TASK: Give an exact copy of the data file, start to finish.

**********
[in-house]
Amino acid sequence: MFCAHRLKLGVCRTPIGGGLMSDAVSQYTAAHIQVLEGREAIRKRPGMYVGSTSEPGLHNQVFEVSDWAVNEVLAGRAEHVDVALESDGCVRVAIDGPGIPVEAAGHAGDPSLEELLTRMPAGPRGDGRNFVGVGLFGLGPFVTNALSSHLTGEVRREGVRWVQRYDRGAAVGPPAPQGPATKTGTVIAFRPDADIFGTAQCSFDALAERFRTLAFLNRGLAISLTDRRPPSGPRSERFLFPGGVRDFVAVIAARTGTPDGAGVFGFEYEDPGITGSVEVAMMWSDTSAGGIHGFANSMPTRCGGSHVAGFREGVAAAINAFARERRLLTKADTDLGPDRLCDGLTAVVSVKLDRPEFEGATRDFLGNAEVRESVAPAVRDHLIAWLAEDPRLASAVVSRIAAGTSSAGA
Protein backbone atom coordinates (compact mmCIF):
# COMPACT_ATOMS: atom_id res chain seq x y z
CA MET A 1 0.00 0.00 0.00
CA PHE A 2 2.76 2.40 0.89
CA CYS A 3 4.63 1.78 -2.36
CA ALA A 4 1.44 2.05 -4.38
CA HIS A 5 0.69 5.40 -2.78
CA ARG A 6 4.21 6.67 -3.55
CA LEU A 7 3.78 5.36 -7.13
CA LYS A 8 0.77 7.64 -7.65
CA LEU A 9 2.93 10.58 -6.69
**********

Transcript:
[in-house]
Amino acid sequence: MFCAHRLKLGVCRTPIGGGLMSDAVSQYTAAHIQVLEGREAIRKRPGMYVGSTSEPGLHNQVFEVSDWAVNEVLAGRAEHVDVALESDGCVRVAIDGPGIPVEAAGHAGDPSLEELLTRMPAGPRGDGRNFVGVGLFGLGPFVTNALSSHLTGEVRREGVRWVQRYDRGAAVGPPAPQGPATKTGTVIAFRPDADIFGTAQCSFDALAERFRTLAFLNRGLAISLTDRRPPSGPRSERFLFPGGVRDFVAVIAARTGTPDGAGVFGFEYEDPGITGSVEVAMMWSDTSAGGIHGFANSMPTRCGGSHVAGFREGVAAAINAFARERRLLTKADTDLGPDRLCDGLTAVVSVKLDRPEFEGATRDFLGNAEVRESVAPAVRDHLIAWLAEDPRLASAVVSRIAAGTSSAGA
Protein backbone atom coordinates (compact mmCIF):
# COMPACT_ATOMS: atom_id res chain seq x y z
CA MET A 1 0.00 0.00 0.00
CA PHE A 2 2.76 2.40 0.89
CA CYS A 3 4.63 1.78 -2.36
CA ALA A 4 1.44 2.05 -4.38
CA HIS A 5 0.69 5.40 -2.78
CA ARG A 6 4.21 6.67 -3.55
CA LEU A 7 3.78 5.36 -7.13
CA LYS A 8 0.77 7.64 -7.65
CA LEU A 9 2.93 10.58 -6.69